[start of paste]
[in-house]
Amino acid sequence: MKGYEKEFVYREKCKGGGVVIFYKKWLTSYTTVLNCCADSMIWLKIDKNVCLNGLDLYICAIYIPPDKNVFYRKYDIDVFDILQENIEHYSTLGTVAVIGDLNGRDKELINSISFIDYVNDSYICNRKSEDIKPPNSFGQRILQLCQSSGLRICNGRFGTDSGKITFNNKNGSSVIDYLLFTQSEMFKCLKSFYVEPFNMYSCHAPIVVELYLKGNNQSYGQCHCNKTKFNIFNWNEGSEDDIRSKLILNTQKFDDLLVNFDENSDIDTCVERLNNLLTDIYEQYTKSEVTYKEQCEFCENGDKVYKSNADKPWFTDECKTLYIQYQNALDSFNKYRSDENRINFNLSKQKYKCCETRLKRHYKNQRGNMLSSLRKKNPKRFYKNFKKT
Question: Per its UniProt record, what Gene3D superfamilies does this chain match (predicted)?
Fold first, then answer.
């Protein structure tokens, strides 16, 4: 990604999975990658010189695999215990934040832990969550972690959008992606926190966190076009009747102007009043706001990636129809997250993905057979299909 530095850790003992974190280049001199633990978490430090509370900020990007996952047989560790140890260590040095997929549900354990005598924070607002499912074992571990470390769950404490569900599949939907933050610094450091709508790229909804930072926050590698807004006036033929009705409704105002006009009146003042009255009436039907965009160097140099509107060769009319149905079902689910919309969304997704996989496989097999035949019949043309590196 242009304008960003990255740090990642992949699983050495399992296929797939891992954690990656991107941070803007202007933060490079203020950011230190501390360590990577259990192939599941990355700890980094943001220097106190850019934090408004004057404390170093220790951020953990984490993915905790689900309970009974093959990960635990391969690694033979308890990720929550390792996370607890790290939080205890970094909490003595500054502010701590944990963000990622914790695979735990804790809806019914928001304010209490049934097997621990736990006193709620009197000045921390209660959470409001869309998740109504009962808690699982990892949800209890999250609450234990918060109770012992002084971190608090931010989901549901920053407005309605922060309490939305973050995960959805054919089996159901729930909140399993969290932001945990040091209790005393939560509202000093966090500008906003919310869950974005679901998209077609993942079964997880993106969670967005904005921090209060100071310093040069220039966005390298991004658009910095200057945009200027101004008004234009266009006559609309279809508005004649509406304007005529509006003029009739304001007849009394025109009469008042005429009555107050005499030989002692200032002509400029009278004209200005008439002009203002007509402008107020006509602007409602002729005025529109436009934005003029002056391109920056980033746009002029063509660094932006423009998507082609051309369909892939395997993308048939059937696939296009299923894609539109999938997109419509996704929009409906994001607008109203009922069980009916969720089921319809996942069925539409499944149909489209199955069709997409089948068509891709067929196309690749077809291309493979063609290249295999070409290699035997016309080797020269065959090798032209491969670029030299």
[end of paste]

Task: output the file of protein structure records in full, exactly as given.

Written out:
[in-house]
Amino acid sequence: MKGYEKEFVYREKCKGGGVVIFYKKWLTSYTTVLNCCADSMIWLKIDKNVCLNGLDLYICAIYIPPDKNVFYRKYDIDVFDILQENIEHYSTLGTVAVIGDLNGRDKELINSISFIDYVNDSYICNRKSEDIKPPNSFGQRILQLCQSSGLRICNGRFGTDSGKITFNNKNGSSVIDYLLFTQSEMFKCLKSFYVEPFNMYSCHAPIVVELYLKGNNQSYGQCHCNKTKFNIFNWNEGSEDDIRSKLILNTQKFDDLLVNFDENSDIDTCVERLNNLLTDIYEQYTKSEVTYKEQCEFCENGDKVYKSNADKPWFTDECKTLYIQYQNALDSFNKYRSDENRINFNLSKQKYKCCETRLKRHYKNQRGNMLSSLRKKNPKRFYKNFKKT
Question: Per its UniProt record, what Gene3D superfamilies does this chain match (predicted)?
Fold first, then answer.
């Protein structure tokens, strides 16, 4: 990604999975990658010189695999215990934040832990969550972690959008992606926190966190076009009747102007009043706001990636129809997250993905057979299909 530095850790003992974190280049001199633990978490430090509370900020990007996952047989560790140890260590040095997929549900354990005598924070607002499912074992571990470390769950404490569900599949939907933050610094450091709508790229909804930072926050590698807004006036033929009705409704105002006009009146003042009255009436039907965009160097140099509107060769009319149905079902689910919309969304997704996989496989097999035949019949043309590196 242009304008960003990255740090990642992949699983050495399992296929797939891992954690990656991107941070803007202007933060490079203020950011230190501390360590990577259990192939599941990355700890980094943001220097106190850019934090408004004057404390170093220790951020953990984490993915905790689900309970009974093959990960635990391969690694033979308890990720929550390792996370607890790290939080205890970094909490003595500054502010701590944990963000990622914790695979735990804790809806019914928001304010209490049934097997621990736990006193709620009197000045921390209660959470409001869309998740109504009962808690699982990892949800209890999250609450234990918060109770012992002084971190608090931010989901549901920053407005309605922060309490939305973050995960959805054919089996159901729930909140399993969290932001945990040091209790005393939560509202000093966090500008906003919310869950974005679901998209077609993942079964997880993106969670967005904005921090209060100071310093040069220039966005390298991004658009910095200057945009200027101004008004234009266009006559609309279809508005004649509406304007005529509006003029009739304001007849009394025109009469008042005429009555107050005499030989002692200032002509400029009278004209200005008439002009203002007509402008107020006509602007409602002729005025529109436009934005003029002056391109920056980033746009002029063509660094932006423009998507082609051309369909892939395997993308048939059937696939296009299923894609539109999938997109419509996704929009409906994001607008109203009922069980009916969720089921319809996942069925539409499944149909489209199955069709997409089948068509891709067929196309690749077809291309493979063609290249295999070409290699035997016309080797020269065959090798032209491969670029030299």